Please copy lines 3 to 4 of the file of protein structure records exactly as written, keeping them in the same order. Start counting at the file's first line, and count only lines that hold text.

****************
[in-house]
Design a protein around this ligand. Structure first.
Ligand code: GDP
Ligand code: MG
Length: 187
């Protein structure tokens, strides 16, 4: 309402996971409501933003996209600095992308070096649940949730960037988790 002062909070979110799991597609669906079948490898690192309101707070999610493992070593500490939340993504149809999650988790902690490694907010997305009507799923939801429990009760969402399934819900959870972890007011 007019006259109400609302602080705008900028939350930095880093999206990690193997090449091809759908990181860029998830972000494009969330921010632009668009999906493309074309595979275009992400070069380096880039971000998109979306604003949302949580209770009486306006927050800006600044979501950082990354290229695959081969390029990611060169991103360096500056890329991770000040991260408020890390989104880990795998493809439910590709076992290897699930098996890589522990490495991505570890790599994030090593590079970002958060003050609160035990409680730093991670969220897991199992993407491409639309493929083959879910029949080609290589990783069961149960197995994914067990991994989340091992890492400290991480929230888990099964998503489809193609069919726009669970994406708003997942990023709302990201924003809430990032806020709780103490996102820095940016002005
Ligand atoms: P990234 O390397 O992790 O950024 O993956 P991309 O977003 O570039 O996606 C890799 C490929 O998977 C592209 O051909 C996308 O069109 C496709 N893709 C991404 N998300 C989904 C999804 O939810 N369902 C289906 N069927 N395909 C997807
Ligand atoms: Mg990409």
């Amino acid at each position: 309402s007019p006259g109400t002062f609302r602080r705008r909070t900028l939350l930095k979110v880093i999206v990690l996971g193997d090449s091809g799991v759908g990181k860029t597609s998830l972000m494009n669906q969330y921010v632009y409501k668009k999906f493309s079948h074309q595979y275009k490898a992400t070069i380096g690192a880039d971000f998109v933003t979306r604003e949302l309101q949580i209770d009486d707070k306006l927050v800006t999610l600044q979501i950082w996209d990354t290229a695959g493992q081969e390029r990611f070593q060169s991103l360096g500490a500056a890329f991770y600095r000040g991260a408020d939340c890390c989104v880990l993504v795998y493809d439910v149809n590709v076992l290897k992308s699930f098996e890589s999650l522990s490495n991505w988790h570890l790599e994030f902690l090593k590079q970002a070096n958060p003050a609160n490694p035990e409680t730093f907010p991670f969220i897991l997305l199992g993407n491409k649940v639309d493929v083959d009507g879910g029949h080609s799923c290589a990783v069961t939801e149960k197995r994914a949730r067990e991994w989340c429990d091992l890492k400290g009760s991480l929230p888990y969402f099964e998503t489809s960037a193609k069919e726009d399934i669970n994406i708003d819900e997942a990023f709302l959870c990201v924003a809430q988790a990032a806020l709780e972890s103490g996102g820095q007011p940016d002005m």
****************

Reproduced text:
Ligand code: GDP
Ligand code: MG